other than being situated in a particular neighborhood or area within the city, the character and condition of the houses alone are almost identical to our A and B Class higher-end rentals. Let’s take a closer look at the Shared Living Model and five reasons it is a via- ble investment option for the savvy real estate investor:

had a legitimate business model. Through that exercise, we have streamlined, automated or outsourced the following common tasks (in addi- tion to others) that are typically related to all single-family and multifamily rentals, but more specifically for the Shared Living Model: >  All forms of communication (appli- cants, tenants and maintenance) >  Documentation (operations manual, policies, checklists, forms, etc.) >  Advertising and unit-showing process >  Application and approval process >  Lease signing >  Rent and deposit collection (no rent closets or chasing money) >  Move-in coordination >  Unit inspection >  Move-out coordination 2 SUPERIOR PRO FORMA RESULTS One of the more obvious benefits to the Shared Living Model is the relative- ly superior pro forma when compared

ket and competency. Results may vary, depending upon factors such as property location, owner-manager skill and compe- tency, among others.) TRADITIONAL LOW-COST MODEL In this scenario, assuming the $30,000 purchase price and additional closing and rehab costs, the total (all-cash) acquisition investment is $42,500. This property rents for $600 per month. Related expenses are shown in the chart. Many investors do not account for repair and maintenance (10 percent) expenses, and even more fail to allocate a reserve for capital expenditures. Such planned expenditures will cover the future replacement of a property’s aging components including appliances, roof, etc. In this example, we have allocated a fairly conservative 25 percent, or $150 per month. Based upon this pro forma, the cash flow results in a meager $144 monthly or $1,728 for the year. The cash-on-cash return of 4.1 percent isn’t the investment return one would hope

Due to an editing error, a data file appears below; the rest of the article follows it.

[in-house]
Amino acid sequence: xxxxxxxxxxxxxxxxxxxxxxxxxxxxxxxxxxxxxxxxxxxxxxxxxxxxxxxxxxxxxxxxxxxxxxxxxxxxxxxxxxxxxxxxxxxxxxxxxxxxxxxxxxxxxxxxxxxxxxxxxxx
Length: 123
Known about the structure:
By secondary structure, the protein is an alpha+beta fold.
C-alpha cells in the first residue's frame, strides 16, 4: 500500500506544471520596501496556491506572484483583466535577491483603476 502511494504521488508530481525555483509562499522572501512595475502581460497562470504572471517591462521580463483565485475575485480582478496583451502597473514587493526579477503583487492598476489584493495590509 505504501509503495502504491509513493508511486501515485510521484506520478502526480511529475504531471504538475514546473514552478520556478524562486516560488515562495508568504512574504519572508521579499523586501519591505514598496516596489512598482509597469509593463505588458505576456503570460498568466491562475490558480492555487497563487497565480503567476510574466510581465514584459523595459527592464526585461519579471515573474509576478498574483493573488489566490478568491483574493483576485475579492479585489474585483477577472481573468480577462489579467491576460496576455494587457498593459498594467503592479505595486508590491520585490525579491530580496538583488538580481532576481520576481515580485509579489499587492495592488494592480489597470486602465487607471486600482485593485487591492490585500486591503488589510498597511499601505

In our experience, the key component of a successful Shared Living Model is a well-defined repeatable system. First, it’s important for investors to recognize that any business—real-estate-related or not—should be treated as a business. Whether a real estate investor owns one unit or 100, developing a system with repeatable processes is a necessity. Second, a system must be implemented to manage the business, or the business will certainly manage the owner! The business of real estate can get out of hand quickly and overwhelm even the most experienced investor. Trust us, we know this firsthand. It’s no secret that, generally speak- ing, lower-cost properties require more attention from the owner or manager. Through years of experience, just as we were able to do with our A/B Class portfolio, we analyzed each phase of the room rental cycle, from advertising and tenant screening to move-out and deposit disposition. The goal was simple. First, address each of the challenges associated with the standard rooming house such as tenant hassles, chasing rent, late-night calls, evictions, etc. Second, build a system that would mitigate as many of the issues as possible. Then, if the system worked, we


to a traditional $30,000 buy-and-hold investment. To better understand the differences in cash flow and ROI, let’s analyze a pro forma of a property in our market, Raleigh, N.C., using actual numbers that work. The accompanying chart illustrates how three different strategies affect the numbers. (Note: Pro forma numbers in the chart reflect our current rental portfolio, mar-

to achieve. This scenario serves as an ex- ample of how many new investors can be surprised by the harsh reality and chal- lenges of acquiring $30,000 properties. SELF-MANAGED/SHARED LIVING MODEL The self-managed option is the sweet spot of the Shared Living Model for the fairly experienced investor. We suggest owner-managers have a minimum of

20 | think realty magazine | mar :: apr 2016

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